Thursday, 7 April 2016

'You, Shiva and My Mum' by Ruth Padel


  1. You can find a picture of the bride and groom here:

    Felix is Ruth Padel's brother, the "last unmarried son" in the poem.

  2. I have added further analysis and thoughts on this poem.

  3. There seems to be some ambiguity about the "You" of this poem and indeed, whose is the narrative voice, in the commentaries posted online in various places. Anurig probably has it best. Whoever is speaking is going to "Tell" as if it were a secret she is going to reveal - to us, the reader? Whose permission is she asking - "Shall I?" There is clearly an implied listener to whom she is talking. But it is not this person whom she is going to "tell" - that person already knows because at the end it says "tell how you laughed Fondly at my pride" - which is in the past tense.
    "Went to India" suggests that it is not the bridegroom nor the bride speaking, but Ruth Padel. They would surely say "Came.."
    Also, it is "my mum" and the tone is slightly jesting, admiring, but also faintly censorious of her mother's dedication to "getting in the zone" of the bride's culture. She treats the whole experience as some kind of joke played on her mother - or is it jealousy that she went all that way for the marriage of a son? Notice the bride is referred to as a "girl" not "woman" which sounds trivialising. Does she believe that her mother might not have done the same for her? "Mother of mine" suggests possession - and perhaps exasperation as she knows less about her (and has less control?) than she thought she did? Padel's scepticism is evident in her mocking descriptions of the customs and traditions - extracting the bizarre -"cross-legged, navy blue"-and the juxtaposition of the spiritual "impure" with the superstitious "wearing leather", split across the stanza to make a point. The "God's familiar" is also a "little bull" which suggests that something mighty is actually impotent. Ruth Padel is the great-grand-daughter of Charles Darwin and both her parents were academic scientists. They are all "sceptics" - non-believers. Which might explain her exasperation of her mother bowing at the shrine in front of everyone - it is a denial of herself.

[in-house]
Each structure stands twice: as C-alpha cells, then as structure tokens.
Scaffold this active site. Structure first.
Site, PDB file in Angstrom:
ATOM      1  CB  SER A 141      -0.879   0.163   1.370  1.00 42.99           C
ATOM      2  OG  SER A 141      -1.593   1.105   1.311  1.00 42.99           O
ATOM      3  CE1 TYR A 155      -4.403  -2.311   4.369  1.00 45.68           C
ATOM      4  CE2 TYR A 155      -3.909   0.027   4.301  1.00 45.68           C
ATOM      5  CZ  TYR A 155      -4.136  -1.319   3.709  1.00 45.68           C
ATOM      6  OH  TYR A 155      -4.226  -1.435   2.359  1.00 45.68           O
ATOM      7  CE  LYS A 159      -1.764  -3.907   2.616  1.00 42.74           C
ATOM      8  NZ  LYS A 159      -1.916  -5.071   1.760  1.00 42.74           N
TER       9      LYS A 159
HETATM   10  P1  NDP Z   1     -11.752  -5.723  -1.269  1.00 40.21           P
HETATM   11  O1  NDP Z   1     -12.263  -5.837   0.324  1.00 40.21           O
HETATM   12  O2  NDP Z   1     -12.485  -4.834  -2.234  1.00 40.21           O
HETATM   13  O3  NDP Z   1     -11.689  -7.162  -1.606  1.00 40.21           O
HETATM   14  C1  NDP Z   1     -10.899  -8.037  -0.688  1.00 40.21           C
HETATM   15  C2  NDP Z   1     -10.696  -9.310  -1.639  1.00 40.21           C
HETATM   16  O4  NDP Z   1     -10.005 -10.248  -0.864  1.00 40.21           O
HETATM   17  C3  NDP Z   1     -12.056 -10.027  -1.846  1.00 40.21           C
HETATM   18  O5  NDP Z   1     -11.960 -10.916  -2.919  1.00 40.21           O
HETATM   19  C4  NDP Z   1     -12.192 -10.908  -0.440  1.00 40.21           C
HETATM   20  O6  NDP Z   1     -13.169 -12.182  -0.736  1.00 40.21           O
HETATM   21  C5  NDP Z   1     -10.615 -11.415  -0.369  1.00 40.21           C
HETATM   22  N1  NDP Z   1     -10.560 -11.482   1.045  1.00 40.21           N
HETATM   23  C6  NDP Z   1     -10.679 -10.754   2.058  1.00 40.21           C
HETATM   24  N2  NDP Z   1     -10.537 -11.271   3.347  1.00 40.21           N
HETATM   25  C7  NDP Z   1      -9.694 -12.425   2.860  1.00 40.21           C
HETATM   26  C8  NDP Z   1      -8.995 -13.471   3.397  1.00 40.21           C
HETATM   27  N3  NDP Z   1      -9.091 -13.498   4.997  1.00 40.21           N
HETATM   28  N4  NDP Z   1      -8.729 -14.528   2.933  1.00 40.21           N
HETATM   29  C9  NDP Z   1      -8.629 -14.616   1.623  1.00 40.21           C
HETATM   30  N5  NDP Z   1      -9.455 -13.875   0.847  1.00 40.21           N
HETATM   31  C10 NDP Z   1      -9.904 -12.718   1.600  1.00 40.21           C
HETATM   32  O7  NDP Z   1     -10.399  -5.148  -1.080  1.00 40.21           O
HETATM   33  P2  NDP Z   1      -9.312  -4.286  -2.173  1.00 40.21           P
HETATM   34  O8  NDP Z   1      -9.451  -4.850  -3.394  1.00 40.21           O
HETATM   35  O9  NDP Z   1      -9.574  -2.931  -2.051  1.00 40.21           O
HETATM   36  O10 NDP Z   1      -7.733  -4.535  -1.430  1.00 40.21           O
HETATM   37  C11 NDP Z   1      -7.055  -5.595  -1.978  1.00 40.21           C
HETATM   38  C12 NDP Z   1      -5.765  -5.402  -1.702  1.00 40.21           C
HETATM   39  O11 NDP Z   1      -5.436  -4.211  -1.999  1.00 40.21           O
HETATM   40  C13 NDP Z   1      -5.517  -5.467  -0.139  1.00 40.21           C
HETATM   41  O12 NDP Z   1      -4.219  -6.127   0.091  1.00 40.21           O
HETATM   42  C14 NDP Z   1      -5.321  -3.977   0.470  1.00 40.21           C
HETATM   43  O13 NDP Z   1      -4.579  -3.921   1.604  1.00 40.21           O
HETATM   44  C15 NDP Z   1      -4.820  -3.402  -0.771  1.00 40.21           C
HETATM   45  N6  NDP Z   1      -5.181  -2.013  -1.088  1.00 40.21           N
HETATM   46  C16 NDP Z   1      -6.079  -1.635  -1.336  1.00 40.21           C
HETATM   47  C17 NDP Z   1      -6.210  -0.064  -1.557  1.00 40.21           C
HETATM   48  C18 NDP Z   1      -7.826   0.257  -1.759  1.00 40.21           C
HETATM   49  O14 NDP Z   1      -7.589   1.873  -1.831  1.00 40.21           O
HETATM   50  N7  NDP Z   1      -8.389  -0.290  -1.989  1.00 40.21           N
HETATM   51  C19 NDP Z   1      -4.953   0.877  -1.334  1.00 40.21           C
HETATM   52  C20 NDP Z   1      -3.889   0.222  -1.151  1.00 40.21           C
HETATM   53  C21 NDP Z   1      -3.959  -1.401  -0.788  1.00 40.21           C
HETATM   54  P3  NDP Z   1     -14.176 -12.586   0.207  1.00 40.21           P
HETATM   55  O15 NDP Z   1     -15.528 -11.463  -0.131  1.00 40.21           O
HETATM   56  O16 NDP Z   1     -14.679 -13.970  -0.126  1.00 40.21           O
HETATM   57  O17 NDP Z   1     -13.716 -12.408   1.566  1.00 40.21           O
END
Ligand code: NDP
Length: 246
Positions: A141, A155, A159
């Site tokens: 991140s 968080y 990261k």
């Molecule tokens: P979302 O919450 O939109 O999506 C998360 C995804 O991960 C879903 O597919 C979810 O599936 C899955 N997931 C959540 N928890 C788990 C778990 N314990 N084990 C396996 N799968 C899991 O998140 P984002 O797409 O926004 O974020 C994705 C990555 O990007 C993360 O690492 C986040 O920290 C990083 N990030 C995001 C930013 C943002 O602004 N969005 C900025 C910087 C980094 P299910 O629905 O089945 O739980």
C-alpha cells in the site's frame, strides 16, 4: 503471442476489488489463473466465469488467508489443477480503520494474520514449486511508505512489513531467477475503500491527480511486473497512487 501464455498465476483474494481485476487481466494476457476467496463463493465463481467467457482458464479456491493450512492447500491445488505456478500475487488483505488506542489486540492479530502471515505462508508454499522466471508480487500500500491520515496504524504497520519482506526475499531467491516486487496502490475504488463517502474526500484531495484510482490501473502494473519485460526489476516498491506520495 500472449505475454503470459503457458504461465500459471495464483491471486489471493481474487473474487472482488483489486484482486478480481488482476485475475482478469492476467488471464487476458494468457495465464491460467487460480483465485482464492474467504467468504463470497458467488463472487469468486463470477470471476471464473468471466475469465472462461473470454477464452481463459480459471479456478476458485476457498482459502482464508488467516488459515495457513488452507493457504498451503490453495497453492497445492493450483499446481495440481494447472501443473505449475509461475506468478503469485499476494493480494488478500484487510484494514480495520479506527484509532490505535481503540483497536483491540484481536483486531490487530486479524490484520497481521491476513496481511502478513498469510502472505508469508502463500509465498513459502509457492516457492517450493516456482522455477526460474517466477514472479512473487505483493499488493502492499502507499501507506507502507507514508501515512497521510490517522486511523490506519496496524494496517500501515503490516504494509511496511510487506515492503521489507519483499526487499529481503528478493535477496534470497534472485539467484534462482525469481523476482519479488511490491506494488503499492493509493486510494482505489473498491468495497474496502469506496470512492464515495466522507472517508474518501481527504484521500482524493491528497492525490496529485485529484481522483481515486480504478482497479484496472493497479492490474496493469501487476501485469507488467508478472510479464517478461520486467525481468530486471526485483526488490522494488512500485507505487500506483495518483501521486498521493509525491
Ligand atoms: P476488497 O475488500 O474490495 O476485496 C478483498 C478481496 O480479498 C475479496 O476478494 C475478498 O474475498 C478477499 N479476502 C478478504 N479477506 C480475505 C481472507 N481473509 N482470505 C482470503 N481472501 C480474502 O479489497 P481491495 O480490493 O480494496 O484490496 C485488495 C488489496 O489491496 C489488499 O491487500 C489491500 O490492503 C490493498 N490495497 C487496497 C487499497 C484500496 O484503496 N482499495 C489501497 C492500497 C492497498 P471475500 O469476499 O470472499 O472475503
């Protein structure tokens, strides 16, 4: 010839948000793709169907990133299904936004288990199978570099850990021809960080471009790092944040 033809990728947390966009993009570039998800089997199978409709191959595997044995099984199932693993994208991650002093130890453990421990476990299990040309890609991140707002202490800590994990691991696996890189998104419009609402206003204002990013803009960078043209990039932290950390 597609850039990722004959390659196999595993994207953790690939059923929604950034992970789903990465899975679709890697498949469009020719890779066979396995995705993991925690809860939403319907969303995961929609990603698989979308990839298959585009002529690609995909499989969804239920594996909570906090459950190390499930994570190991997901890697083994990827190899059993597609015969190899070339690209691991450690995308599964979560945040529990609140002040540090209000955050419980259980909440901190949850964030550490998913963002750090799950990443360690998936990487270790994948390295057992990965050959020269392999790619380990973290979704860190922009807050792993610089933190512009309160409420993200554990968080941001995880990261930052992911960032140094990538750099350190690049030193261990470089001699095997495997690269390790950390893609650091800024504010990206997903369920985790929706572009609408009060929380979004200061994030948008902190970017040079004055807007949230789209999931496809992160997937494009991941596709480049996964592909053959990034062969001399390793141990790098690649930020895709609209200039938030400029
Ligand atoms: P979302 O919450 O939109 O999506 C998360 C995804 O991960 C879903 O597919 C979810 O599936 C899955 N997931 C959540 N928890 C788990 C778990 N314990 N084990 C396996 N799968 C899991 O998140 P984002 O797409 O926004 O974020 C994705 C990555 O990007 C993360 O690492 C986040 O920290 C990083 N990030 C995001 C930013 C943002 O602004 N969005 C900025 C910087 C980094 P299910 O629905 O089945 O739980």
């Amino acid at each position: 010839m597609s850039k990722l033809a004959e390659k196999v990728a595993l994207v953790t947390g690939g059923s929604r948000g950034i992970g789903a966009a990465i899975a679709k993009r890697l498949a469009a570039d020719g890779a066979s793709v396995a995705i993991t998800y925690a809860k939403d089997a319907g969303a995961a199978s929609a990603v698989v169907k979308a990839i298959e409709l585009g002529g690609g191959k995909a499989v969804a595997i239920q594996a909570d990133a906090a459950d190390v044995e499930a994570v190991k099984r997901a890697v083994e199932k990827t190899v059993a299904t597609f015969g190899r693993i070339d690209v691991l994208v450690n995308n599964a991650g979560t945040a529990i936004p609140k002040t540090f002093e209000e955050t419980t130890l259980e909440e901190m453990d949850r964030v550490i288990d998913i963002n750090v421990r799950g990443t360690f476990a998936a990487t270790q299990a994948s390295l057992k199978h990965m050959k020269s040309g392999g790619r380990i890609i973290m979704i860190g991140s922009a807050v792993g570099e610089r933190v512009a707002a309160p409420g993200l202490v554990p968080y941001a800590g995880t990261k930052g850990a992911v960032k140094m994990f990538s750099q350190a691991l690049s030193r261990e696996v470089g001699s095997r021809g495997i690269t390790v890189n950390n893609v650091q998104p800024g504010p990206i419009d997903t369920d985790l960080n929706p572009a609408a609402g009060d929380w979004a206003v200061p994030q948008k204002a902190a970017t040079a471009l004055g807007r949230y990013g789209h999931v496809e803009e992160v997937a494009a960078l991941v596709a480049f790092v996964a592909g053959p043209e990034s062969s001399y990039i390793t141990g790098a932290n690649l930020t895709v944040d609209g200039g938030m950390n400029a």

The unseen listener has already commented (when she first told this story to him/her) by "laughing fondly" at her pride in her mother - but Padel moves fairly swiftly to a much more intimate revelation - that this unseen listener is a lover and that for her, any religious experience ("miracle") for her is his breath in her ear. She asks again if she should "tell Them" (us) - this time tell about her love. The unseen lover now either says "Yes" or Padel reports his response to us. This ending seems to shift the whole focus from Padel's mother to her relationship with her lover, which may be the point of the poem. Mother's are the past; what matters is the here and now. Mother's have lives of their own which you cannot predict or be responsible for and which may surprise you. She may also feel betrayed, in that her mother has overthrown the habits and beliefs of a lifetime. And the daughter now betrays her.

    Notice the use of enjambment and caesura. The stanzas are used to map the mother's journey but also to make surprising links and also dis-junctions in ideas. Is that "pride" in the penultimate stanza split from "in her" for a reason?